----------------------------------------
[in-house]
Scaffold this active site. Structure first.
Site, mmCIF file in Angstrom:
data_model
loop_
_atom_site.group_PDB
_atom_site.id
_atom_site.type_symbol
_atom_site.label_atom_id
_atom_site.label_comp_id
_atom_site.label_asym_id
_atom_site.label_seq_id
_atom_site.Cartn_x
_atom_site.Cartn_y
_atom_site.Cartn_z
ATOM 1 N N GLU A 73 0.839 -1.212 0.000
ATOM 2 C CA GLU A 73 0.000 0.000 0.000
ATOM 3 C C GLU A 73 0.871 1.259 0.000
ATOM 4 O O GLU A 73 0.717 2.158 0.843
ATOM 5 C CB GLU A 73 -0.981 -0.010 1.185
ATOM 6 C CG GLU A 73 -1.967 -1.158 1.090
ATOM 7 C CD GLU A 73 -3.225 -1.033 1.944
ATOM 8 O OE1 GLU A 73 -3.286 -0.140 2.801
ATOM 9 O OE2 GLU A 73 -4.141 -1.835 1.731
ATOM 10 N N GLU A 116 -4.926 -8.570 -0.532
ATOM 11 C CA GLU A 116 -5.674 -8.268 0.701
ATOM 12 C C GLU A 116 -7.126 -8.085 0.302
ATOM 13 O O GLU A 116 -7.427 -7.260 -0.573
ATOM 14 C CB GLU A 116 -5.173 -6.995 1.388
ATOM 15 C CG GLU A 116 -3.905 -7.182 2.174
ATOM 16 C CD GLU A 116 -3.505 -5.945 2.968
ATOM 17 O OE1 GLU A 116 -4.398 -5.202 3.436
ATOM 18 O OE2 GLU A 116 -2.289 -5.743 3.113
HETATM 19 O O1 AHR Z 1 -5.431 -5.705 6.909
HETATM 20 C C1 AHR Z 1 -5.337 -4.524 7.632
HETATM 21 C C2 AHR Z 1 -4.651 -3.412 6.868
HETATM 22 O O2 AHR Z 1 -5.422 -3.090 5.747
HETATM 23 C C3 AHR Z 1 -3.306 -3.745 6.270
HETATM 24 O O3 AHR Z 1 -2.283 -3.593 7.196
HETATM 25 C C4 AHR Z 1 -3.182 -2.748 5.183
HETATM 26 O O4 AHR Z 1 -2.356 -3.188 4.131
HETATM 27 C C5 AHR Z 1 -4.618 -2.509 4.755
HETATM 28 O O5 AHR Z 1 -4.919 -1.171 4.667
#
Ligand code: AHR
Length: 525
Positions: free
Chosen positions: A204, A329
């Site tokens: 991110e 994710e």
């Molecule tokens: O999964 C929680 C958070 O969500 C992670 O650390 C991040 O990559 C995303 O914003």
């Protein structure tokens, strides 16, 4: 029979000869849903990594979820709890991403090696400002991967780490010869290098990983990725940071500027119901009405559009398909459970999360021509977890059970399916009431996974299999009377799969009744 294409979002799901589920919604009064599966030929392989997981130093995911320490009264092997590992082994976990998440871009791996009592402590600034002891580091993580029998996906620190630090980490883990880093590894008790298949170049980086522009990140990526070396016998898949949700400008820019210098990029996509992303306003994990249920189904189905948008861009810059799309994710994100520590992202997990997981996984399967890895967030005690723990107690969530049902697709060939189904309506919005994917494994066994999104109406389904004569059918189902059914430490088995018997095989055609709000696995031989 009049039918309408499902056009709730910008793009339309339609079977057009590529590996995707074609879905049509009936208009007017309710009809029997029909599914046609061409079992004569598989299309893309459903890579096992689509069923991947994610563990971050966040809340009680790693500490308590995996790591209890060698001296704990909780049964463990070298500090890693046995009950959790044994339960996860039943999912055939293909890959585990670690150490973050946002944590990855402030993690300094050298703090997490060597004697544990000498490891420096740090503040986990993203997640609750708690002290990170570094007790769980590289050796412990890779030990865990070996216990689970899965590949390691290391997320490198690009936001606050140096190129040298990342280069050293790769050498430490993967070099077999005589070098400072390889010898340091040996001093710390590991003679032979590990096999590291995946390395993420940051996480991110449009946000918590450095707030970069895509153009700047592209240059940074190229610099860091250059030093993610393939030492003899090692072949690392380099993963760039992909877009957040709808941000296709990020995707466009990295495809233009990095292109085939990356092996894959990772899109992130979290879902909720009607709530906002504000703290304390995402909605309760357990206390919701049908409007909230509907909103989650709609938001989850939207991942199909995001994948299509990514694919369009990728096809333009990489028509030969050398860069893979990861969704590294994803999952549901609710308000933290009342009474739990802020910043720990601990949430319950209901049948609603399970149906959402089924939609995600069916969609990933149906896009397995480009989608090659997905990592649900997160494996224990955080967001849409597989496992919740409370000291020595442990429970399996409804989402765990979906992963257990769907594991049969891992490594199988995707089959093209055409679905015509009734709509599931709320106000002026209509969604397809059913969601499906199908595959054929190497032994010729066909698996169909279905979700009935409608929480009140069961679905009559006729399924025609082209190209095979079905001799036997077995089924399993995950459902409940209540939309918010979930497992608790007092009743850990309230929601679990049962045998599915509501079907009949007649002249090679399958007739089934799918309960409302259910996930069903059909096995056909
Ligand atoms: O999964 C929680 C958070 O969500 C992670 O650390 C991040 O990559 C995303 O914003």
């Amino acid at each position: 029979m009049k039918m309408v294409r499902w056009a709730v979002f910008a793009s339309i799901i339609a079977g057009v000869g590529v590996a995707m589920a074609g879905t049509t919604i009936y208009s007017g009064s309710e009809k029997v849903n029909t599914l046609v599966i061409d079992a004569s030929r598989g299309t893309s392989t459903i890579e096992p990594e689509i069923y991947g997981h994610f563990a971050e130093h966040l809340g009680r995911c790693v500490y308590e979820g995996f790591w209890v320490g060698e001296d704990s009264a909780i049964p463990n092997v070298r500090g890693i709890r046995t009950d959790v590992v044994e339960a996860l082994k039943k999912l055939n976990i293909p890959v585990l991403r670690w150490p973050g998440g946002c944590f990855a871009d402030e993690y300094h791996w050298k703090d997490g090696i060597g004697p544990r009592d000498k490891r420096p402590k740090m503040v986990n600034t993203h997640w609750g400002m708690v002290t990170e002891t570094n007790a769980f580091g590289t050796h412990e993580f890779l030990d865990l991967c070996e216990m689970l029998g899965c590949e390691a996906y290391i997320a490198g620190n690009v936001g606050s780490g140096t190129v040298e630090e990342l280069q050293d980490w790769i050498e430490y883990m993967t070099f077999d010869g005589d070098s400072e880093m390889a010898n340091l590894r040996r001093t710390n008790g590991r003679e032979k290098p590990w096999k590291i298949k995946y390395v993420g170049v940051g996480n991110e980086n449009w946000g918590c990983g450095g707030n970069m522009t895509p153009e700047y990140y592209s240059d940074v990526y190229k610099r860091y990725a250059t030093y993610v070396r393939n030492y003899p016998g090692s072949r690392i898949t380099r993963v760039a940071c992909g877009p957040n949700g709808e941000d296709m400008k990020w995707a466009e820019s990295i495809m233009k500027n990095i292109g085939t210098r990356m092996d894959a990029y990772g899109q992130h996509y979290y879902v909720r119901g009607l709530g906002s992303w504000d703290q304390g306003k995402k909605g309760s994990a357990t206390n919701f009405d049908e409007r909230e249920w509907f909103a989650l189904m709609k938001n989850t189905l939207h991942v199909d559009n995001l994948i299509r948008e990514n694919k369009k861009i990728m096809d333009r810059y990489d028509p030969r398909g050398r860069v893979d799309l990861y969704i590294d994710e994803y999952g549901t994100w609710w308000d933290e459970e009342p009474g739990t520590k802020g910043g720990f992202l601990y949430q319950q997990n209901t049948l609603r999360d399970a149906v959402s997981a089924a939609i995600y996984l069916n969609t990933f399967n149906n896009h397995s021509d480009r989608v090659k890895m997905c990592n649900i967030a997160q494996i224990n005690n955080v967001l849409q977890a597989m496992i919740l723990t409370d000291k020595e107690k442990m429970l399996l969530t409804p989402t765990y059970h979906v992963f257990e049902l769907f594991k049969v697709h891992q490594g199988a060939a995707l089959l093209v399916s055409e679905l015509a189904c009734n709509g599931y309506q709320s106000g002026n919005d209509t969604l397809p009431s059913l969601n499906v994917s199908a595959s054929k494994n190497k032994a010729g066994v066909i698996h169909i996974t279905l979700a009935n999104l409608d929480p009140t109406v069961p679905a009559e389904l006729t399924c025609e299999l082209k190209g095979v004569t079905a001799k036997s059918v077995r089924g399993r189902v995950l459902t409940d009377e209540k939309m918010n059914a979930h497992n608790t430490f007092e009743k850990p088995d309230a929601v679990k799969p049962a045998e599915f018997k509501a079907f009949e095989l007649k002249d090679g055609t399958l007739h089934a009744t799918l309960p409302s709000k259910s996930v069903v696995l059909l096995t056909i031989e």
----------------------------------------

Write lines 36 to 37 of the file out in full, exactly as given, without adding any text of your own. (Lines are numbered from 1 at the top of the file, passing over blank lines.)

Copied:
HETATM 21 C C2 AHR Z 1 -4.651 -3.412 6.868
HETATM 22 O O2 AHR Z 1 -5.422 -3.090 5.747